That being said, while I appreciate the background on Teen Challenge, my more immediate concern is the mixture of politics (Palin’s speech) and recovery. The recovery industry is a varied, multi-faceted beast. But at its core are the people, who without some sort of intervention in their lives will die from their addictions. And who most likely will hurt many people along the way, and in some cases, kill other people.

      People in early recovery have no need for politics (or for that matter religion) in their quest to overcome addiction. TC’s resorting to bringing in a highly polarizing political figure to raise money does a great disservice to those most in need–its clients. And this says as much about TC’s leadership as all of Duganz’s reporting does. It is poor judgement, with a political/religious motivation that TC tries to obscure from public scrutiny.

      Personally, I don’t care what motivates someone to seek recovery: the courts, families, health, religion, spirituality, etc. What matters is that once a person is in active recovery they can begin to make personal choices that they could not before, i.e understand the differences between spirituality and religion. The clients in recovery at TC have an opportunity with their new-found sobriety to explore whether or not religion suits them, or if , say, a 12-step approach to continued abstinence that is “spiritual, not religious” is more suited to them.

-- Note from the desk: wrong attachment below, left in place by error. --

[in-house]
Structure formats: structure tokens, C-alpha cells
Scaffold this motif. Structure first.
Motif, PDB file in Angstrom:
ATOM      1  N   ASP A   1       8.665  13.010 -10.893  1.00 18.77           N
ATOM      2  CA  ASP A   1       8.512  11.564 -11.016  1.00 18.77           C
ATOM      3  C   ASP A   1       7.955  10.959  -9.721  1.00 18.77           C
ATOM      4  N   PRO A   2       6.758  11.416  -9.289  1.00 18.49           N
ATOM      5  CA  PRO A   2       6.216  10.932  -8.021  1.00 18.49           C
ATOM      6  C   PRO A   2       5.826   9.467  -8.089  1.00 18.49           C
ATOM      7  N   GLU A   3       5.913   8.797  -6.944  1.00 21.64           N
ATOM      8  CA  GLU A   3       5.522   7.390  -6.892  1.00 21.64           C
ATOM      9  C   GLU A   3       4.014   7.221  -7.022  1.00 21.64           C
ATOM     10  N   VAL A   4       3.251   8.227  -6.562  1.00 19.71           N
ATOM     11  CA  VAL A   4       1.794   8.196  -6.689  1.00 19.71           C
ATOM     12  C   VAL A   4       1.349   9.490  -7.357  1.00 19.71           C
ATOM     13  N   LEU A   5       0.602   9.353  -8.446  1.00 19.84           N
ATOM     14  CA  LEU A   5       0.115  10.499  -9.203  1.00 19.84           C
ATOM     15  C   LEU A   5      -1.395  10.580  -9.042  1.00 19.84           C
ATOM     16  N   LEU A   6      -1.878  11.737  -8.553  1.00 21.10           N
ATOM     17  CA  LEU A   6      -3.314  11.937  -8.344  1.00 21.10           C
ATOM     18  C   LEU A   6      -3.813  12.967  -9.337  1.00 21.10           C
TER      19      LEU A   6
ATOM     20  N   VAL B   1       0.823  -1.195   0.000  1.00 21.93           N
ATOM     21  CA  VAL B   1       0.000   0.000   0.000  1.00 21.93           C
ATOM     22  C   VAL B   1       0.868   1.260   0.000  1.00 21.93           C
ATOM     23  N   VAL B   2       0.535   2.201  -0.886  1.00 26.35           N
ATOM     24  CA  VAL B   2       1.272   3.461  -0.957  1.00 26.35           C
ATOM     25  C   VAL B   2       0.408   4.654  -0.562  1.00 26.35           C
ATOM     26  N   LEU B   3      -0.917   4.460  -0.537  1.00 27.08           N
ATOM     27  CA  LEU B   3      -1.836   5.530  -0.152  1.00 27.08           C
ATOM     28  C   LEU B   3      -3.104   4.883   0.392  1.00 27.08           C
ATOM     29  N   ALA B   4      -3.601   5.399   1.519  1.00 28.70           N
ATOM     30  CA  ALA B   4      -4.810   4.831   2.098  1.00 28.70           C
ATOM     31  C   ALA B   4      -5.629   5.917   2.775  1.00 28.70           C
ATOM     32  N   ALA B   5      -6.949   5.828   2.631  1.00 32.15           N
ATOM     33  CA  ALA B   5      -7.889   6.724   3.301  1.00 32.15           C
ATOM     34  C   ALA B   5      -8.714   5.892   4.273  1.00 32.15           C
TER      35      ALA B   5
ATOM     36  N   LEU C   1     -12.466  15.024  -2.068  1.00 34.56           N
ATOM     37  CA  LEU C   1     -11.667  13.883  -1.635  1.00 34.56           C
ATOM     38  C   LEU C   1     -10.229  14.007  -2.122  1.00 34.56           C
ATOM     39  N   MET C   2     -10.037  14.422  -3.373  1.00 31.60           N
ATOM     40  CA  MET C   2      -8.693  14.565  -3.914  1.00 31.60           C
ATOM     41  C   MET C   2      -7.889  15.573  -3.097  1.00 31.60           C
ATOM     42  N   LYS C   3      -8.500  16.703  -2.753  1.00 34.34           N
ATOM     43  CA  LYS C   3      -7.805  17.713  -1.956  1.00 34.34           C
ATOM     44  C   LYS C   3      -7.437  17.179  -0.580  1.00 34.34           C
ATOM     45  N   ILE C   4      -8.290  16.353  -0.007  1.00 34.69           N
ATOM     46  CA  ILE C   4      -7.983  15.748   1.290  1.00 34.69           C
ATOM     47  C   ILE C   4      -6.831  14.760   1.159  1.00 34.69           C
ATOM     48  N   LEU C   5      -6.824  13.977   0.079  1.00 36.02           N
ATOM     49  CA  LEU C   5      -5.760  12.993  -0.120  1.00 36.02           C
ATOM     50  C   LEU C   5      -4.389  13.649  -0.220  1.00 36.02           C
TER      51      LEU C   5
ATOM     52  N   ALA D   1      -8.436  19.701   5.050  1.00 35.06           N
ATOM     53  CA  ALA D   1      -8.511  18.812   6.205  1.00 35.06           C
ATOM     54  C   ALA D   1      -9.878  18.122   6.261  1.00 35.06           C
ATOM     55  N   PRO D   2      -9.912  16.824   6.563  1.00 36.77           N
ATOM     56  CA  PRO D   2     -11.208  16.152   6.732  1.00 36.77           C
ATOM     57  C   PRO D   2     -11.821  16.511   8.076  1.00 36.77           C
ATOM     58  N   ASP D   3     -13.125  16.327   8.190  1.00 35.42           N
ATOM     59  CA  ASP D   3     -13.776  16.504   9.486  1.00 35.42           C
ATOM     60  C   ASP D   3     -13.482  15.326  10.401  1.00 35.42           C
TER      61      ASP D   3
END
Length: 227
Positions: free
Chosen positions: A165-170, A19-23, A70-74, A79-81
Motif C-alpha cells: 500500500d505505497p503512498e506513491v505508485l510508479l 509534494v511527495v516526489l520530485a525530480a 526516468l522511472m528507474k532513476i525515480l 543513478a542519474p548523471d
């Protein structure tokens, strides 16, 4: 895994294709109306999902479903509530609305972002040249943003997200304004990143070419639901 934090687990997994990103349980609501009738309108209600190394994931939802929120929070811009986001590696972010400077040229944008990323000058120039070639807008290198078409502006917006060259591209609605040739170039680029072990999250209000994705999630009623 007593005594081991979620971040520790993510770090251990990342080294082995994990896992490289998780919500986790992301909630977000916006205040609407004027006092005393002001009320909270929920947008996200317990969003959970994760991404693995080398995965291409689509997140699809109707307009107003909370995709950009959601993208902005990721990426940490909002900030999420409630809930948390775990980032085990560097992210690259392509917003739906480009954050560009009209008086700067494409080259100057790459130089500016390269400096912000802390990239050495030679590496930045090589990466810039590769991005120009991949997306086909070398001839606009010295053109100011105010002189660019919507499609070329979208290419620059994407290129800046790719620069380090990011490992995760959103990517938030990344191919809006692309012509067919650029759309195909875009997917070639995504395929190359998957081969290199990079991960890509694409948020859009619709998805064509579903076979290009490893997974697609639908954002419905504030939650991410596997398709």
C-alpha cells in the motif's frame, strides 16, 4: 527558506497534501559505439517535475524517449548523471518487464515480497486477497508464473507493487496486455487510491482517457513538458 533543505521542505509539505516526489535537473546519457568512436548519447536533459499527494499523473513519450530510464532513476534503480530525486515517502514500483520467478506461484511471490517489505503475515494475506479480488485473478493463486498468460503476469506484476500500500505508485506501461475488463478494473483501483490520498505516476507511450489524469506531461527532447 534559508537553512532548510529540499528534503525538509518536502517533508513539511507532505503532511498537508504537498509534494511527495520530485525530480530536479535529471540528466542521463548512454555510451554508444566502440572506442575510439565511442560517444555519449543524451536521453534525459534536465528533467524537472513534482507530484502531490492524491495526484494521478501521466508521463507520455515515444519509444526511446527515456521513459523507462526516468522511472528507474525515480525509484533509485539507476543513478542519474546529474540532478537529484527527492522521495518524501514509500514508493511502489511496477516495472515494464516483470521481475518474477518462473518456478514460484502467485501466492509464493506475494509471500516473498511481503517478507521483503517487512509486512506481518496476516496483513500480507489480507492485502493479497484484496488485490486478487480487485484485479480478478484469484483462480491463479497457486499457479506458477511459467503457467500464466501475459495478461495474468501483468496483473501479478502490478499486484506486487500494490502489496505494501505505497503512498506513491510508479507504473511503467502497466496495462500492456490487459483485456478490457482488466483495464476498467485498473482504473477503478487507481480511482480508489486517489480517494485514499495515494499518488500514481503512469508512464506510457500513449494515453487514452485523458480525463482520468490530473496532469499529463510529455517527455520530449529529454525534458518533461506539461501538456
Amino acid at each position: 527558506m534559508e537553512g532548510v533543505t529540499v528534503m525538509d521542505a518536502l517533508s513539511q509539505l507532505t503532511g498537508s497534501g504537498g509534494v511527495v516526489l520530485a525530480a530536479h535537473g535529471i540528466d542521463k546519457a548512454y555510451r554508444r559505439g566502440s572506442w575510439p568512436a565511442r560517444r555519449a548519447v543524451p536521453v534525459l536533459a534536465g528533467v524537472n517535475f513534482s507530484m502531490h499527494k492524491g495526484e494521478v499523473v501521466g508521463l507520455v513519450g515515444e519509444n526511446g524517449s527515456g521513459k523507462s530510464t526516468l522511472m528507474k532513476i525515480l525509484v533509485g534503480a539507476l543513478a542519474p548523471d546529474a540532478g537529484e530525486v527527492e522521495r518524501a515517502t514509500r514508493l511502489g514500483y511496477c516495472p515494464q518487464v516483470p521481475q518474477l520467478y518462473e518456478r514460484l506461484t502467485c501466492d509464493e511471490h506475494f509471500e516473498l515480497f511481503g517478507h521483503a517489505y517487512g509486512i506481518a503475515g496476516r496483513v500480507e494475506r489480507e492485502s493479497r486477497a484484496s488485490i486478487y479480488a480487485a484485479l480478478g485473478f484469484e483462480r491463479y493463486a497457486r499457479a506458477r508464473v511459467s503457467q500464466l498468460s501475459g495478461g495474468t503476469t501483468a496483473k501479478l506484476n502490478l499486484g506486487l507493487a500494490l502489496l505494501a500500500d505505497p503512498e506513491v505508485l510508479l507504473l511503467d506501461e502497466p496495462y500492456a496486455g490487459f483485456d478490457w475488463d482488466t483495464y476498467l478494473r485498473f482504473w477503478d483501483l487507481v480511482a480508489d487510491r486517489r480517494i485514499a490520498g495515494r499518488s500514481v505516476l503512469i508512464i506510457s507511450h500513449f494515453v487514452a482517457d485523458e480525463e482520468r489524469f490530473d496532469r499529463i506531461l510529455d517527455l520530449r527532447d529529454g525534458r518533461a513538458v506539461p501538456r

So back to Mr. Benson, at the heart of debate between religion and spirituality, I ask you, do you see a difference? Or do you lump the two together? I believe that one can be spiritual without being religious, or following any specific philosophy.

      In that way, I agree with Duganz about the nature of “religious BS” that can motivate a business to seek out political radicals to further their goals. Whom is ultimately hurt by this, though, is not readily apparent, as it is the client who must deal with political controversy while trying to sort out more germane, and life-changing necessities for survival.

      Recovery and addiction is about life and death, and the choice to pursue one or the other. Injecting Sarah Palin, politics and religion into the whole mess assures that the pendulum will swing in the wrong direction.

      • mr benson

        Can you show me the “debate between religion and spirituality”? Where is it held?

      • JC

        It’s held in the head of individual recovering addicts, and in groups of just about every 12-step program out there. Though I don’t expect non-addicts to understand it, and certainly won’t debate it with one. You want to experience the debate go to an open 12-step meeting and broach the question. Then sit back and listen for an hour, as you’ll hear an earful.